It comes after Dunfermline applied to go into administration to avert being wound up over an unpaid £134,000 tax bill. Eight first team players have been made redundant as the Fife club reduced its wage bill.
The Begbies Traynor survey found that four clubs in the top three divisions are struggling, down from six identified in October but at the same level as last March.
The business analysts said the results come at a time when clubs are at their weakest having spent the majority of their season ticket, sponsorship and television revenue. The Clydesdale Bank Premier League and Irn-Bru League Division One have seen a fall in average attendances this season compared to last, contributing to financial problems.
Ken Pattullo, partner in Begbies Traynor, said: "After a number of well-publicised club failures here in Scotland it was widely accepted that a sea change was needed in the way clubs approached their finances.
"These survey results show that while clubs have started to address their financial management issues, the same worrying levels of distress are present as there were a year ago, but the game has coped with the disruption that the Rangers administration caused last year.
"The fall in distress levels in the past six months even comes despite a fall in average attendances overall in the top three divisions, and shows that the vast majority of clubs have coped with the 'Rangers effect' that saw the average gates in the Scottish Premier League fall by almost 30%."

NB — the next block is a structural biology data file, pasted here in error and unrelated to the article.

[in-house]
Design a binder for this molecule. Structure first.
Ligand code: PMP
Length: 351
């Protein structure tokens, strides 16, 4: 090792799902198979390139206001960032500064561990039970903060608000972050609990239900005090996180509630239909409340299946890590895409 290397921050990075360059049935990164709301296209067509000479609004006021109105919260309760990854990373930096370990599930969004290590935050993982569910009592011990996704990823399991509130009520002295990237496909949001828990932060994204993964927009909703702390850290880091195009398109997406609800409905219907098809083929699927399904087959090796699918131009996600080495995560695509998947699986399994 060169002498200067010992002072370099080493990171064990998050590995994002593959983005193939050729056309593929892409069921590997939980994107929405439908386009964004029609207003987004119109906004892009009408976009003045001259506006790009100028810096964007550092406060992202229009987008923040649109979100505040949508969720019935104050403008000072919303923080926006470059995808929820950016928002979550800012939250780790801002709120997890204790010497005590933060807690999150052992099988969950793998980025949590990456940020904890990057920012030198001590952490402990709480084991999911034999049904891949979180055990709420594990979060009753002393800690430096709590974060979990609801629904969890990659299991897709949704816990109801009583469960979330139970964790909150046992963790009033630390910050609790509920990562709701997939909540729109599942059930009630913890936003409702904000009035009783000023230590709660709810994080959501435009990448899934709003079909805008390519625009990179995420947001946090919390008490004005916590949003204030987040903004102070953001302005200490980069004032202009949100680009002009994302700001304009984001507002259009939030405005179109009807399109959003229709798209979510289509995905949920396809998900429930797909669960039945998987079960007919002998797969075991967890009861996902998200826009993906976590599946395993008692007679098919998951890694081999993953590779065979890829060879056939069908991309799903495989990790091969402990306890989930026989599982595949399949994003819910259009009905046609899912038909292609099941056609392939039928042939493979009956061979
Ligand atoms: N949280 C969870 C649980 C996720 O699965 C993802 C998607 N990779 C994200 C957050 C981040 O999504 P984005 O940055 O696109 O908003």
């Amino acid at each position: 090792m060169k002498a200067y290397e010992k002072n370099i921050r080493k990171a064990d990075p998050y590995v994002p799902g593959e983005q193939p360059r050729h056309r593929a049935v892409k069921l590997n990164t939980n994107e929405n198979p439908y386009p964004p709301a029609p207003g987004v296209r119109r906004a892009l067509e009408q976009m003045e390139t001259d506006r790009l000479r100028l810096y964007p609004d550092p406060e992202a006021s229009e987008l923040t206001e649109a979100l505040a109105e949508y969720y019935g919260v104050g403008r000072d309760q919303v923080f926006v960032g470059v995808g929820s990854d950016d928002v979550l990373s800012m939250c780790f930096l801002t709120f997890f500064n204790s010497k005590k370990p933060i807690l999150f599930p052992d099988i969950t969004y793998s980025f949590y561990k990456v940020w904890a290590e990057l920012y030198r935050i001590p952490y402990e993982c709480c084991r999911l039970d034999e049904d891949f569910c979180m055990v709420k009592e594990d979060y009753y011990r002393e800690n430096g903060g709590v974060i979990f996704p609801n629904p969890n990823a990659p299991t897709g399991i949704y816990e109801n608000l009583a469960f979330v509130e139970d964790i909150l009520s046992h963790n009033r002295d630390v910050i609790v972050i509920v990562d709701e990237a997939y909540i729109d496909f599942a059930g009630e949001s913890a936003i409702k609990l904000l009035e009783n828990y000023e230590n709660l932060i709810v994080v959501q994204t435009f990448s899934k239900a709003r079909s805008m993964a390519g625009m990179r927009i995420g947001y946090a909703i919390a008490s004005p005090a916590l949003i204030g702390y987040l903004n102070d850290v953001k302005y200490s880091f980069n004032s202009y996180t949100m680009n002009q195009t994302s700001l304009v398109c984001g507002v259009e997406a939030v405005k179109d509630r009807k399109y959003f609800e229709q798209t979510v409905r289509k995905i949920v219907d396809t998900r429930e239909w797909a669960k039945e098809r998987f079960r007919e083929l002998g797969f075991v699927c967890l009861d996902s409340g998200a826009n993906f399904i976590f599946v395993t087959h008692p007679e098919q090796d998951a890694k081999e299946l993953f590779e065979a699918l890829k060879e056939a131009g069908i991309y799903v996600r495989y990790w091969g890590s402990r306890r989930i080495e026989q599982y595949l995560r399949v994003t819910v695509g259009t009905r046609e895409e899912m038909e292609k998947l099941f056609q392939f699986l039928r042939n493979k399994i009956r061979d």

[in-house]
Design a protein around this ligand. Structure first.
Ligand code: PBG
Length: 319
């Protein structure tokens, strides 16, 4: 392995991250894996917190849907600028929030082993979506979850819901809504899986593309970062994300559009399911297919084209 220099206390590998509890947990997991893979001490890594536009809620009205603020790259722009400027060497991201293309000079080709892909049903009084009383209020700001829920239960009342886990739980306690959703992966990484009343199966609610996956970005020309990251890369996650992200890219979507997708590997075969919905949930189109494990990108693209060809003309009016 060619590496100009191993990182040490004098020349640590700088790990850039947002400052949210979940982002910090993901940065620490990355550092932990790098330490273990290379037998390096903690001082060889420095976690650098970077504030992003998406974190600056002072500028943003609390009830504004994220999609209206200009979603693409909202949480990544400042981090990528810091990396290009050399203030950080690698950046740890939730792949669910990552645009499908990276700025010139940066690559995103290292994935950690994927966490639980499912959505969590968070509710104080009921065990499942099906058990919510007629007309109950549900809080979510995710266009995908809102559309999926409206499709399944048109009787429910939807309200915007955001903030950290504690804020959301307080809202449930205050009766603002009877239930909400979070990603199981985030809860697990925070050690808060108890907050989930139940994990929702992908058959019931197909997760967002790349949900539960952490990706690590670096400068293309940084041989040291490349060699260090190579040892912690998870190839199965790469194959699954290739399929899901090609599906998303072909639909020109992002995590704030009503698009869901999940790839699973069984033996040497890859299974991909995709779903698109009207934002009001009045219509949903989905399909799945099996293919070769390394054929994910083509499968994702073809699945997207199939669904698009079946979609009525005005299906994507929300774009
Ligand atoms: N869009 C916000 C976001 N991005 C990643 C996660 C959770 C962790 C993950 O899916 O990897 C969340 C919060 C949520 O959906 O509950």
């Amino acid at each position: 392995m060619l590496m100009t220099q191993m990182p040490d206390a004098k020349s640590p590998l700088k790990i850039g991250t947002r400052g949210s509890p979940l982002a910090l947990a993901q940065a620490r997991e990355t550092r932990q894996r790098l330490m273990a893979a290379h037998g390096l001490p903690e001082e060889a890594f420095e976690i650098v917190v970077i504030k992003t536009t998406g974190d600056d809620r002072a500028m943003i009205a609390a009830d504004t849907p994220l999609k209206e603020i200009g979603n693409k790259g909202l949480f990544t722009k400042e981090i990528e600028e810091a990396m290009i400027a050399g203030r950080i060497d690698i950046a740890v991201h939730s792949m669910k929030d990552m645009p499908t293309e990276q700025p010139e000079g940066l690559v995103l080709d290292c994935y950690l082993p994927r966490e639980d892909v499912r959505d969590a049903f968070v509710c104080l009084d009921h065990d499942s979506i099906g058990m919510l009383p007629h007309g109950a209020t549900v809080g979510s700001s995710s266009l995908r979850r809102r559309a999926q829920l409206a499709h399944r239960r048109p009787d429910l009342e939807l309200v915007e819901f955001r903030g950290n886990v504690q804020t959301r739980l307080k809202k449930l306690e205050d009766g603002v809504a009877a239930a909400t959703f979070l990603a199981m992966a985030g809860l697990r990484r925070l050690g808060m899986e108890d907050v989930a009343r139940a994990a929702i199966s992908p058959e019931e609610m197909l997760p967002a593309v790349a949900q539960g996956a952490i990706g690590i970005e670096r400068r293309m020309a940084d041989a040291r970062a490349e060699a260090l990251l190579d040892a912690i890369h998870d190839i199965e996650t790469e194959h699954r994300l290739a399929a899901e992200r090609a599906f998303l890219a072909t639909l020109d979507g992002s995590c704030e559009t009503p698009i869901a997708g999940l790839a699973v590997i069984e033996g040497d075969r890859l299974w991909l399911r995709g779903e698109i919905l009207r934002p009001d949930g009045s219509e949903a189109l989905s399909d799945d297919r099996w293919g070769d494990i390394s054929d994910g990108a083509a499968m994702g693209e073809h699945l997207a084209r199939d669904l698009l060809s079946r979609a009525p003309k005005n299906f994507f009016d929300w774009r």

According to the study, the warning signs of financial problems include serious court actions against clubs, including winding up petitions and high court writs; clubs that have been issued with striking off notices for late filing of accounts; and those with serious negative balances in their accounts.
In the last year Kilmarnock and Hearts settled bills when faced with the threat of winding up orders.
Pattullo said: "Overall there are actually 5% more fans going to matches in the top four divisions, and that is great news for the future of the game in Scotland. That said, there are still four clubs facing serious if not necessarily terminal financial problems, and we expect to see more difficulties in the coming year.
"The Rangers relegation has sent average attendances in division three through the roof, as expected, with average gates up by over 1,000%, but of course the majority of this benefit is felt by the Ibrox club.
"Overall, the finances of Scottish football clubs have remained similar to a year ago, and have dramatically improved since six months ago in October, when historically the clubs have most of their cash reserves. This is a welcome trend and we hope that clubs can make further progress over the summer and into next season."